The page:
Jordan’s Amman is an ancient city, with its origins dating back to biblical times. It has had many different rulers including the Macedonian, the Roman and the Ottoman empires and what remains today is a fusion of these remarkable civilisations. Considered one of the Middle East’s safest cities, this mountainous, historical metropolis is the perfect introduction to exploring Jordan.
To get in touch with Amman’s cultural and historical sites, visit East Amman, the Citadel and, in particular, the area known in West Amman as Jabal Amman, which has a number of ancient sites, ruins, monuments, museums and souks. In particular, the remnants of the ancient Roman Temple of Hercules and the Umayyad Palace are striking, must-see highlights.
The Jordan Museum houses many of the city’s artefacts, including Dead Sea Scrolls and 8000-year-old statues. A visit to the impressively restored Roman Theatre, believed to date back to the second-century AD under the reign of Antoninus Pius, is a remarkable site. This ancient entertainment centre still stages shows, usually in the months of July and August. When sightseeing in these traditional areas it is advised that both men and women dress conservatively out of courtesy and according to custom.
Eat and Drink
Though the city boasts a number of international restaurants and Western food chains, traditional Ammani cuisine is Arabic, with staples including lamb, chicken, rice, chickpeas and flatbread. Chickpeas are used to make Arabic favourites such as hommus and falafel.
Shari’ Al-Rainbow (Rainbow Street) is a cobblestoned street home to the famous Falafel al-Quds, considered one of the best falafel shops in Amman. Rainbow Street is where you will also find a popular restaurant called Sufra, a city favourite specialising in Jordanian cuisine. There are also a number of shisha cafes in the area where you can smoke one of many fragrant flavours of tobacco.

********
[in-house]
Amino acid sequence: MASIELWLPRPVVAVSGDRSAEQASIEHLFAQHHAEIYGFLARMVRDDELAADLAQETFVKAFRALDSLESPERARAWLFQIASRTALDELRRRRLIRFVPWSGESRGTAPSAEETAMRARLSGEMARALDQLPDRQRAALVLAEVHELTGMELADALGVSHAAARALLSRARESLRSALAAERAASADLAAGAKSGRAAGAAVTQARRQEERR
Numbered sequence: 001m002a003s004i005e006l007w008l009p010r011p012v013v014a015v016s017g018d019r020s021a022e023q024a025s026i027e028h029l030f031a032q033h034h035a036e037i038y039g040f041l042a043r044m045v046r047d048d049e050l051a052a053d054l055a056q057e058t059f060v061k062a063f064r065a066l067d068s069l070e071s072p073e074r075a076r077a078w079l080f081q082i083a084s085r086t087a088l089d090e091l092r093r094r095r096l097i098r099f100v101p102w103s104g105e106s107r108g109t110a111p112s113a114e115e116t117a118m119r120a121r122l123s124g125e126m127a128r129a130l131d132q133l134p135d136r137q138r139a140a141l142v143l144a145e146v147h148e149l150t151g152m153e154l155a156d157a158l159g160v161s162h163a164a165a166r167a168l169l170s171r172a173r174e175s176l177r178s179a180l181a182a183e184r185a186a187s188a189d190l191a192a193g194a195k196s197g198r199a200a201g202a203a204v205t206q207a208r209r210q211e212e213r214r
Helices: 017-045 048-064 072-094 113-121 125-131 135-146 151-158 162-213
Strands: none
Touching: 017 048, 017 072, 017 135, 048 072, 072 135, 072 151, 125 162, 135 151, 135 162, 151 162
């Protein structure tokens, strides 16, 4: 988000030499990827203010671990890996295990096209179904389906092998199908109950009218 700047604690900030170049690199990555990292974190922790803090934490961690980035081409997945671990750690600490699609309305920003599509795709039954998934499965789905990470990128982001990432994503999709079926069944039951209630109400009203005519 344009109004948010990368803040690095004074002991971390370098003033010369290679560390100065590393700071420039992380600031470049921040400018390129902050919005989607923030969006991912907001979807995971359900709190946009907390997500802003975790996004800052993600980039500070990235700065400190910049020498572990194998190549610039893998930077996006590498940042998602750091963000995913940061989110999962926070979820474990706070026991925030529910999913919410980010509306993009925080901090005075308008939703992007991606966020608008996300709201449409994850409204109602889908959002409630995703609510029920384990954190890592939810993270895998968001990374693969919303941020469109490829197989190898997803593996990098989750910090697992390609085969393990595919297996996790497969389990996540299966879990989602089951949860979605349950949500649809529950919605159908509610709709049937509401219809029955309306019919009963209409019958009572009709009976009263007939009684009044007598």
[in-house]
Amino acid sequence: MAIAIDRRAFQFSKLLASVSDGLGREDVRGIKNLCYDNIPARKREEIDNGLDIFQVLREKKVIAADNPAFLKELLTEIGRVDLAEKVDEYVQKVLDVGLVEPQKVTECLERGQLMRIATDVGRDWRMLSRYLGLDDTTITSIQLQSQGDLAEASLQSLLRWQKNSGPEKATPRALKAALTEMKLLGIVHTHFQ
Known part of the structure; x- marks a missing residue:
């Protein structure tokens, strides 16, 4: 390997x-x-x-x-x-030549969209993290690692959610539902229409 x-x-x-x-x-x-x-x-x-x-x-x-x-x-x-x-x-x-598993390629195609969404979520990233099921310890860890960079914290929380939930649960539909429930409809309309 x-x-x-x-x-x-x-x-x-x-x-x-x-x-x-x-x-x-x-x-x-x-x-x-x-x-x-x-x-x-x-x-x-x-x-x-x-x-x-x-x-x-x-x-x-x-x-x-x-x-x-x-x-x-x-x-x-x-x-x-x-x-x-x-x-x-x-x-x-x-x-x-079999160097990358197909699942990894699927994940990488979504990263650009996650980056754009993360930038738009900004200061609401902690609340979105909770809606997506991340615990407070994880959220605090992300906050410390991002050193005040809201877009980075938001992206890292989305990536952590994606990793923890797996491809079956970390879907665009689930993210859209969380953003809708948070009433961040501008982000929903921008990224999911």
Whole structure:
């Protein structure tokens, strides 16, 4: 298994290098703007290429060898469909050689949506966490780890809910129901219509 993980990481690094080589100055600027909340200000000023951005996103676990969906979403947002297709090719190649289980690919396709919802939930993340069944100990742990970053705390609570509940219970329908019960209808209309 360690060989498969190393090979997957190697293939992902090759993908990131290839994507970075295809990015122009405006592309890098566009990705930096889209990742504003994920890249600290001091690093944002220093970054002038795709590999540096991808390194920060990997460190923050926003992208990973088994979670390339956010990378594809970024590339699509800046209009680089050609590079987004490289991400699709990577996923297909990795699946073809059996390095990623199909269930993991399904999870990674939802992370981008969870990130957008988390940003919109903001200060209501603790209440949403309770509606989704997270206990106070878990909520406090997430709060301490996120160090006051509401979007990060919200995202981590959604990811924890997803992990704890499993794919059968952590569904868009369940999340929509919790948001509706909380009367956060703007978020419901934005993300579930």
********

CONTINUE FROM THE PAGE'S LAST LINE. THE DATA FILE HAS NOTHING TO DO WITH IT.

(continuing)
Local alcoholic beverages, including Jordan’s national Petra beer and the local liqueur araq (similar to ouzo) are must-tries. Ammanis and Jordanians in general love their Arabic and Turkish coffee, particularly after meals as the cardamom in the drink aids digestion.
Where to Stay
While East Amman is the traditional sightseeing mecca of the city, it is best to stay in West Amman, the city’s modern economic hub. There are a number of accommodation options here including almost all of the capital’s luxury hotels as well as lively cafes, restaurants, nightlife and shopping areas.
An integrated public transport system is non-existent in Amman but taxis are very affordable, accessible and considered the best method of getting to and from the city’s east and west regions.
There are several Western-style malls in the city including the City Mall (the biggest mall in the city, riddled with international and luxury brands) and the popular Mecca Mall (a more affordable option). Shopping in Downtown, known as the Balad area, is a more authentic experience. Here you will be able to find some great souvenirs and trinkets from the many markets and stores as well as enjoying delicious street food. One of the most popular thoroughfares to explore in Downtown is King Talal Street.
Amman Like a Local
Amman at sunset is a magical experience, especially if you see it from the Citadel. Here you will get an impressive view of the whole city and be serenaded by sunset prayers streaming out of the city’s mosques like a symphony. Take it all in and enjoy the soothing experience after a big day of exploring.